What is the first thing a health minister will need to consider when addressing the vast range of challenges faced by healthcare in Northern Ireland? Well, what they do not need to think about is the idea of commissioning a plan on how to transform health, writes British Medical Association (BMA) Chair Tom Black.
There is a plan, in fact there are multiple plans, spanning a number of years and all of them, more or less, say the same thing; the way we deliver health across Northern Ireland has to change.
While we do not need any more plans, what we do need is the willingness and commitment to actually implement those plans, take the unpopular decisions and make the changes. You might note I do not say ‘difficult’ decisions, and that is because in my view the decisions are clear and easy, but there is no doubt that they can be unpopular. Changes need to be communicated clearly to all stakeholders so we can all understand why healthcare delivery needs to change and allay any fears that surround this.
Alongside this commitment to make changes we need funding. Health already takes up 49 per cent of Northern Ireland’s budget but clearly if care is to keep pace with medical advancements that must increase. We also need to move to a three year budget setting process in order to assist with planning and transformation.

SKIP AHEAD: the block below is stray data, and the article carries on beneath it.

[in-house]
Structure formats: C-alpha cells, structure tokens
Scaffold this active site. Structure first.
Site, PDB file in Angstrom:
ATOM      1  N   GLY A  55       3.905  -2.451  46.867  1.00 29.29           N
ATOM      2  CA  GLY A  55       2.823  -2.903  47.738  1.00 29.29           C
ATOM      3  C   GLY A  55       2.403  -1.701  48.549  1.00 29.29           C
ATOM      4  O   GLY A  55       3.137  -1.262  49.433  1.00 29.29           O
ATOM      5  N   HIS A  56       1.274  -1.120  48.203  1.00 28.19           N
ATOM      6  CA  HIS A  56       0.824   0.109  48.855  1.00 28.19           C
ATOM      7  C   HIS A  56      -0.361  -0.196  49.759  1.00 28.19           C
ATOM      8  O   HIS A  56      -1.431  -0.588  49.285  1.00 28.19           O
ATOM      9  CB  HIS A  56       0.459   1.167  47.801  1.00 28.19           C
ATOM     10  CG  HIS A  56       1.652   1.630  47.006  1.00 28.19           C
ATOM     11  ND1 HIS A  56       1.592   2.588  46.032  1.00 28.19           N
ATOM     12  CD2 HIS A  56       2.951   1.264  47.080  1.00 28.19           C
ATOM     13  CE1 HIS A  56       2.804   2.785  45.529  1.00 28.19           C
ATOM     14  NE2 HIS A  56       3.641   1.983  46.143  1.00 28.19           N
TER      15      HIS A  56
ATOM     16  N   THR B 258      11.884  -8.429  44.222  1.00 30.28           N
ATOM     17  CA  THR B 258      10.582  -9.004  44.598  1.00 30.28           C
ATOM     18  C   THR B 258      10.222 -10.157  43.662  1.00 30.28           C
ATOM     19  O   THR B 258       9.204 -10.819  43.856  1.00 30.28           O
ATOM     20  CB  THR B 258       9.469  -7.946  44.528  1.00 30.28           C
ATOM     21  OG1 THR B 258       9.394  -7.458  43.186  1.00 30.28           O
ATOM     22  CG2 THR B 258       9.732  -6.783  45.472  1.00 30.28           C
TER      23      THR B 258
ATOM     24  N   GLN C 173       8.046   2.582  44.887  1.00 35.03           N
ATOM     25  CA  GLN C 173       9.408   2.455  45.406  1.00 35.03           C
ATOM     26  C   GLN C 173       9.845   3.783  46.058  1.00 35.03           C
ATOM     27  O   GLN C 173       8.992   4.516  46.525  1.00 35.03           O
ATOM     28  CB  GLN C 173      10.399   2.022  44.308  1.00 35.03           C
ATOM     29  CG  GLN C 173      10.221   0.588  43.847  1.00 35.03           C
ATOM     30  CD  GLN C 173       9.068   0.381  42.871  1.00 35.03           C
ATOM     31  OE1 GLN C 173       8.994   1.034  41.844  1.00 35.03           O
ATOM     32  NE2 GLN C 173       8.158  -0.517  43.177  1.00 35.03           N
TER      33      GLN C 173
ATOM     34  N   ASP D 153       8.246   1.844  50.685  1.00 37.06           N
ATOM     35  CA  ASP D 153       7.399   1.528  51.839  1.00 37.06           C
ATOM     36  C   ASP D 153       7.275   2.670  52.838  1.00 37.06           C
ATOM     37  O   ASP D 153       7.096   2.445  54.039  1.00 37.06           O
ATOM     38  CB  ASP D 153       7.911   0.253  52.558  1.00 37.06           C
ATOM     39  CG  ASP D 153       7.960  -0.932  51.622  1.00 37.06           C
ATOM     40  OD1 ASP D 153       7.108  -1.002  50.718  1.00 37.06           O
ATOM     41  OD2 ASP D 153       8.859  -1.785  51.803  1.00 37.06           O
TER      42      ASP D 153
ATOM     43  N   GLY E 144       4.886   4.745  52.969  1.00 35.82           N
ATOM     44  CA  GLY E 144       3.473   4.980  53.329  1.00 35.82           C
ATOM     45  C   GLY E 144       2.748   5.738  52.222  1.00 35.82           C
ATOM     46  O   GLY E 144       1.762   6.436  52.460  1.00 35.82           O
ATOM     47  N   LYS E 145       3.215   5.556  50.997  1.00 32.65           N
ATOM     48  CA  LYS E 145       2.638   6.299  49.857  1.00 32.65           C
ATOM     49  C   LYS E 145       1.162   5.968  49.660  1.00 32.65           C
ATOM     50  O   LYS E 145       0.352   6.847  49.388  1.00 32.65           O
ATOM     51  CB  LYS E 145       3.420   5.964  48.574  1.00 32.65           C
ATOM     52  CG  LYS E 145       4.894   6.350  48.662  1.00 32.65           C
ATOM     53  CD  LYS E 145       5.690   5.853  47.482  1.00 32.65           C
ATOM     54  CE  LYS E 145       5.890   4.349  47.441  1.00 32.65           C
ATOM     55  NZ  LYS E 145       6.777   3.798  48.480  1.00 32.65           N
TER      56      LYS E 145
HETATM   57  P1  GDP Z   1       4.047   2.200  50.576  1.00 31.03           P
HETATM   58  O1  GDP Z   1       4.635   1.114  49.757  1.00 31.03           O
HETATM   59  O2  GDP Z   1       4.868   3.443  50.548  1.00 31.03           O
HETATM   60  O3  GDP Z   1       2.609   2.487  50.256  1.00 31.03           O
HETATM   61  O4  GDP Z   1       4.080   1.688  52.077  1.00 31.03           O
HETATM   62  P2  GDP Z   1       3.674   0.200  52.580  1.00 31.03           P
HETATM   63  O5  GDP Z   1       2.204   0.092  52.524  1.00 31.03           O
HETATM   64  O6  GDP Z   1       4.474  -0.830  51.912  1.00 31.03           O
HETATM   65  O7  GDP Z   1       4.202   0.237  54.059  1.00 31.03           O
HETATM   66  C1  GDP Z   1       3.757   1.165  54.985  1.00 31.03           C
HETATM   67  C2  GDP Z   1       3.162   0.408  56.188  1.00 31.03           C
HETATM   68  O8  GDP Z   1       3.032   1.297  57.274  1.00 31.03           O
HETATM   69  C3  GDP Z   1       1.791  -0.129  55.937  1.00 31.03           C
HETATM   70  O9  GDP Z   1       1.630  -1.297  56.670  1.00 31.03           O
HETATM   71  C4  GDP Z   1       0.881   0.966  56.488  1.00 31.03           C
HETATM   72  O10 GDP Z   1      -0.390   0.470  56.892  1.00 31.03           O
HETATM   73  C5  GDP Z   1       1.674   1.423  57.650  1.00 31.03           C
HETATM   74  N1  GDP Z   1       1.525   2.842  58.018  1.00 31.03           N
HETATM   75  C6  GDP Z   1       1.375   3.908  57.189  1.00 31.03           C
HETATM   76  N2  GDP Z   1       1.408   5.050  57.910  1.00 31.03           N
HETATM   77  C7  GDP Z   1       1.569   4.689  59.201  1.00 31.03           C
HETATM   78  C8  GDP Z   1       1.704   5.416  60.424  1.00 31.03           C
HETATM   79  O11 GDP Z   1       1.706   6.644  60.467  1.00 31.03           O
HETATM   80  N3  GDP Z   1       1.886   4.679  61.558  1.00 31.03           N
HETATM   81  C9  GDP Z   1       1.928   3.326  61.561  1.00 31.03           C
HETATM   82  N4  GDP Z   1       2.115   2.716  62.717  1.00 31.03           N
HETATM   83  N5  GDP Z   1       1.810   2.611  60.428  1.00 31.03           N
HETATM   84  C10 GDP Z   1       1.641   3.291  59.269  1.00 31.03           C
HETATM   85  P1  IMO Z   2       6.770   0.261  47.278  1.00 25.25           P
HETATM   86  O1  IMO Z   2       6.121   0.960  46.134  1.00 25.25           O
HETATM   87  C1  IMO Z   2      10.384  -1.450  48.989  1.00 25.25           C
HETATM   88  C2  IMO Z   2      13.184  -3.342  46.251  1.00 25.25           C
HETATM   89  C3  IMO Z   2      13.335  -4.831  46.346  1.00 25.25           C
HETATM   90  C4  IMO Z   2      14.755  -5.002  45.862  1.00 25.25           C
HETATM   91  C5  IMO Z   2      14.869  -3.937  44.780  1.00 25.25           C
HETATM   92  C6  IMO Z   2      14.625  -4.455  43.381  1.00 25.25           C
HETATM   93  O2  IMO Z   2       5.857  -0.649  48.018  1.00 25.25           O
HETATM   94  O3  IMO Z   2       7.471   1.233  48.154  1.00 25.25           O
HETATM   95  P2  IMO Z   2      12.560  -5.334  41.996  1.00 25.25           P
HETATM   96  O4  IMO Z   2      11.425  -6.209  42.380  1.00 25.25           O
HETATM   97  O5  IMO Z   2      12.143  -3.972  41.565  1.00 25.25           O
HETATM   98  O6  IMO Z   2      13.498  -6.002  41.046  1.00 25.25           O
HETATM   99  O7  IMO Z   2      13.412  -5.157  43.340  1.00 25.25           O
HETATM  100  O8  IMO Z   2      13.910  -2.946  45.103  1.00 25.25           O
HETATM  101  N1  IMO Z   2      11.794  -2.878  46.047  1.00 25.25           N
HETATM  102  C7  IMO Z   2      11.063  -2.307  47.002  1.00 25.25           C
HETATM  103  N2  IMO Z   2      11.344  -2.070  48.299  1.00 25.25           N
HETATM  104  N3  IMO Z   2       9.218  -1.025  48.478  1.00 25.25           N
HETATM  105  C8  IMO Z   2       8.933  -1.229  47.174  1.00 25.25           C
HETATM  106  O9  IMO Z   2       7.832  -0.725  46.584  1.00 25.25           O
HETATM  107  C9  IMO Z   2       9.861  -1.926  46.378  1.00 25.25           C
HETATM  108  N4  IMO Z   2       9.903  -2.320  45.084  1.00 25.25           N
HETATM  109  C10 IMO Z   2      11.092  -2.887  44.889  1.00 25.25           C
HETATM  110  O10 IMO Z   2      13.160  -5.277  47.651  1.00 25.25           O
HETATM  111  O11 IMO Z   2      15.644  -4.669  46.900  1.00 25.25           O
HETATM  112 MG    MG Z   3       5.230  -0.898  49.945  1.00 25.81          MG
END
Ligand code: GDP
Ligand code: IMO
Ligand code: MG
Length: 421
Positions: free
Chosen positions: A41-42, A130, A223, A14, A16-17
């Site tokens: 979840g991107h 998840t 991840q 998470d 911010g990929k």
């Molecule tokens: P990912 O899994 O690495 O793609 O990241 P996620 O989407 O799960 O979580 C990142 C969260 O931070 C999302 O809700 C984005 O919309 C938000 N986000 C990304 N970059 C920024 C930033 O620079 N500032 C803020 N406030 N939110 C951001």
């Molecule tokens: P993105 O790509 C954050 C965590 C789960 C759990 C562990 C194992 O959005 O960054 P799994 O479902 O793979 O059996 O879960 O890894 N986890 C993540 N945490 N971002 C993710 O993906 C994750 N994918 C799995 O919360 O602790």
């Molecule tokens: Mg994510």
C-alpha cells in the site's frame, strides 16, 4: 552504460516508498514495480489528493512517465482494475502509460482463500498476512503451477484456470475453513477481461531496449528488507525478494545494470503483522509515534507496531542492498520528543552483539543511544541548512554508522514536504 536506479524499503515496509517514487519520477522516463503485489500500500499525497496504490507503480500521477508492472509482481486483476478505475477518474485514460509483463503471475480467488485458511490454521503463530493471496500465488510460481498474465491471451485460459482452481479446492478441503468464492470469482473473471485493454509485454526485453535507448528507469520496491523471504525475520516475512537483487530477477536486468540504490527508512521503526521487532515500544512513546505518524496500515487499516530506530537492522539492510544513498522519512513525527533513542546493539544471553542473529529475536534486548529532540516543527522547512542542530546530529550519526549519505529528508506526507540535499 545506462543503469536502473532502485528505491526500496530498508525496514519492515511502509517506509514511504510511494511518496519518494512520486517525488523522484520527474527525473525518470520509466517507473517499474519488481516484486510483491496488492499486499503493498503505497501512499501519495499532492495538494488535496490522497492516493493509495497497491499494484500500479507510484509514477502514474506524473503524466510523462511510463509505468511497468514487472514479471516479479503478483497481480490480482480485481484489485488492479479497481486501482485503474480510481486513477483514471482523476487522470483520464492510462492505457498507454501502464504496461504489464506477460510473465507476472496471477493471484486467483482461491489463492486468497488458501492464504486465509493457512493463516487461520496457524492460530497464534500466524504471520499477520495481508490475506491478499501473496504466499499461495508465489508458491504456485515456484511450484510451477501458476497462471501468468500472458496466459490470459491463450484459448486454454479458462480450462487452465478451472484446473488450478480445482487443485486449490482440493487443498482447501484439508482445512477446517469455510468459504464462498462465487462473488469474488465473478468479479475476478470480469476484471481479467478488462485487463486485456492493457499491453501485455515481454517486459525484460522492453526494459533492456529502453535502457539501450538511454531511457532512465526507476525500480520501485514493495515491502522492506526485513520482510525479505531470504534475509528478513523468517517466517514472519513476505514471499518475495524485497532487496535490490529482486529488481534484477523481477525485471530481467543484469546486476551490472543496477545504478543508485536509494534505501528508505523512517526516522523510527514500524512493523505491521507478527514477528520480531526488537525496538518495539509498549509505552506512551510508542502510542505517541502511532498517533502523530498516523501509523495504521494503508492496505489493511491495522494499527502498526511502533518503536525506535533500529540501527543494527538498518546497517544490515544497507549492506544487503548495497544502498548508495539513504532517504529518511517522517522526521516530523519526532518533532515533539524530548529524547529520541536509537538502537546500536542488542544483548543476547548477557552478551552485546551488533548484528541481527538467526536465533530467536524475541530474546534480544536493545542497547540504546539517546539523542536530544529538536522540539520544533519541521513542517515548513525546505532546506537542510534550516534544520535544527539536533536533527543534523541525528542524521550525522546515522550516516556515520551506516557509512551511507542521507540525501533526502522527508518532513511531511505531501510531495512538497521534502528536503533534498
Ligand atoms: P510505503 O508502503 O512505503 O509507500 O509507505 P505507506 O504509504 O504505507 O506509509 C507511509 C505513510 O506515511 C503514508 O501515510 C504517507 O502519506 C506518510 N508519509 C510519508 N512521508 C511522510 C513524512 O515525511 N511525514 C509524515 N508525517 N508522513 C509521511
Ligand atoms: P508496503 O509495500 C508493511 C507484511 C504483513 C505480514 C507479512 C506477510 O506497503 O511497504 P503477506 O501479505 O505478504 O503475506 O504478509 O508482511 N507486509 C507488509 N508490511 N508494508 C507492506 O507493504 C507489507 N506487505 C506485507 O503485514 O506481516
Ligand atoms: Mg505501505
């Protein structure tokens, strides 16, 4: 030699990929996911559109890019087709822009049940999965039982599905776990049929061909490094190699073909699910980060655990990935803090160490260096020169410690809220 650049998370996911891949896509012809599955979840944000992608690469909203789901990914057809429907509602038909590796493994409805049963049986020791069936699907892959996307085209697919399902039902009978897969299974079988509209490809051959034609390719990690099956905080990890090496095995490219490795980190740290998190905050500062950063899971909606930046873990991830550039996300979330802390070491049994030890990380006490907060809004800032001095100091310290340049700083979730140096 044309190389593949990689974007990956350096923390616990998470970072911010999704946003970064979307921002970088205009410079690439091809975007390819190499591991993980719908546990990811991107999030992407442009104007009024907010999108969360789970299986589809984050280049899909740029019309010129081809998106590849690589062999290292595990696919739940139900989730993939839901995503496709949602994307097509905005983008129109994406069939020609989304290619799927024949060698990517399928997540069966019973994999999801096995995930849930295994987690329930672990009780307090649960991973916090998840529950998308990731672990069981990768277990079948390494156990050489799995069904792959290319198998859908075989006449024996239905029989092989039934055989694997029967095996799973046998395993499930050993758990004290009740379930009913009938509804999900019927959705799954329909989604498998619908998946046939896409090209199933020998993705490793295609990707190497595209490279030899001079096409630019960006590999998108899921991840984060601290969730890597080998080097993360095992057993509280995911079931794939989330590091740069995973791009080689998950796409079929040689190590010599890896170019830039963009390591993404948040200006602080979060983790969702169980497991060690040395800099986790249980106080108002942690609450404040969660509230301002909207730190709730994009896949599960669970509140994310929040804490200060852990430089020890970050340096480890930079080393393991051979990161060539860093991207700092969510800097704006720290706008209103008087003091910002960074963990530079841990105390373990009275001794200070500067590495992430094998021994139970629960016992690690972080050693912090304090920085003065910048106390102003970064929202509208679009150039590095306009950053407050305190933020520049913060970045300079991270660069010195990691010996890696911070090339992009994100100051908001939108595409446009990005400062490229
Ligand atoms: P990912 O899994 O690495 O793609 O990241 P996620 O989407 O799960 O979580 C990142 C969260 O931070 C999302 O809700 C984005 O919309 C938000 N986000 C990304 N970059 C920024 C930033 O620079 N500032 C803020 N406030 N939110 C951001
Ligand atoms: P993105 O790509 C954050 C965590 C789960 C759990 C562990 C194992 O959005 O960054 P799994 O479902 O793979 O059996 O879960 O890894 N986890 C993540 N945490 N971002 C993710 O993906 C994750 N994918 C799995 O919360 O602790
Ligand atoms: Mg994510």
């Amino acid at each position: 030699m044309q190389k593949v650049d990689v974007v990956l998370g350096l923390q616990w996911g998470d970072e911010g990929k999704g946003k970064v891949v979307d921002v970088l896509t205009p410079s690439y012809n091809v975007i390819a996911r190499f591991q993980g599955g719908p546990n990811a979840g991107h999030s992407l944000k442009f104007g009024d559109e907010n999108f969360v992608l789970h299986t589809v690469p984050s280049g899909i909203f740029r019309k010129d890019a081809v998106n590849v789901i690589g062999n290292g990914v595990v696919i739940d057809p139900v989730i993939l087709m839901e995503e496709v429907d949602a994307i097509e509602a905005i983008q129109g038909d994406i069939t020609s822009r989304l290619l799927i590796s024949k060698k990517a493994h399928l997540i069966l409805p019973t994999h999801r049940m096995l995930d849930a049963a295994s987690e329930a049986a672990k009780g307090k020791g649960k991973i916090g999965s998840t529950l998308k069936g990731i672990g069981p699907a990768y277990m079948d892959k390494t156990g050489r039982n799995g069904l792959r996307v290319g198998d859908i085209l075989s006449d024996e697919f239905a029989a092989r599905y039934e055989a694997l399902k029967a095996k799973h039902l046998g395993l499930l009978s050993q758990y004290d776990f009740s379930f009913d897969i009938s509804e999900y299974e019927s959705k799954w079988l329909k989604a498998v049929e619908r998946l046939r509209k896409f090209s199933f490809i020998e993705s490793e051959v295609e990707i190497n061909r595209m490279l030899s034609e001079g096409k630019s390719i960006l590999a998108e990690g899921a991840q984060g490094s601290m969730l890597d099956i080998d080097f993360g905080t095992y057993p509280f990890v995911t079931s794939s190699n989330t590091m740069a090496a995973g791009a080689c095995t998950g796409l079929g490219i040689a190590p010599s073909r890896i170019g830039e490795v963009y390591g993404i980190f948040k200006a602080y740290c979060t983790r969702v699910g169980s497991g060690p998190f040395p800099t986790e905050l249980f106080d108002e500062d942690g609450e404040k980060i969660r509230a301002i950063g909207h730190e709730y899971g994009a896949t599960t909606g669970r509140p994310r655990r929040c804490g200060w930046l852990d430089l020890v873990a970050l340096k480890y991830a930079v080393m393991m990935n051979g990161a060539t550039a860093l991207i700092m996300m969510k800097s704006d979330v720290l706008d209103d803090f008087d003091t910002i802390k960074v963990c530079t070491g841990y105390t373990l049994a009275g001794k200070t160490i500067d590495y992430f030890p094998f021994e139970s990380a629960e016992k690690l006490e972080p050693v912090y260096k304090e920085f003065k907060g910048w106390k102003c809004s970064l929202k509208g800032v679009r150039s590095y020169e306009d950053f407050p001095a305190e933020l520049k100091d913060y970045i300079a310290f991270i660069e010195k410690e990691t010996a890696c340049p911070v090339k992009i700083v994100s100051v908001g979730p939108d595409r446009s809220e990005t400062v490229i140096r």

Any incoming health minister will also have to address a myriad of workforce issues. Staff across the health service are working at the very edge of what is safe. The recruitment and retention issues including the central issue of pay parity with the rest of the UK and the Republic of Ireland must be tackled. Staff must be paid properly to recognise the value of the work they are doing and the responsibilities they hold.
Alongside this, issues around training for junior doctors must be addressed so that the training experience is a valuable one where both senior doctors have the time to train properly, and junior doctors are not so busy on the wards that they cannot maximise training opportunities.
The asks in general practice are clear; a solution to the indemnity discrepancy is critical and would make GPs feel that finally someone understands the pressure they were under and is willing to do something about it; and then addressing funding, premises and the inequitable distribution of multi-disciplinary teams would underpin that there really was a desire to work with GPs to address the issues and protect our primary care service.
You will notice I do not mention addressing waiting lists as a priority. In my view, long waiting lists are a symptom not the underlying disease. Only if we address the issues above will we be able to address the wholly unacceptable situation whereby people are waiting inexcusably long times for assessment and treatment.
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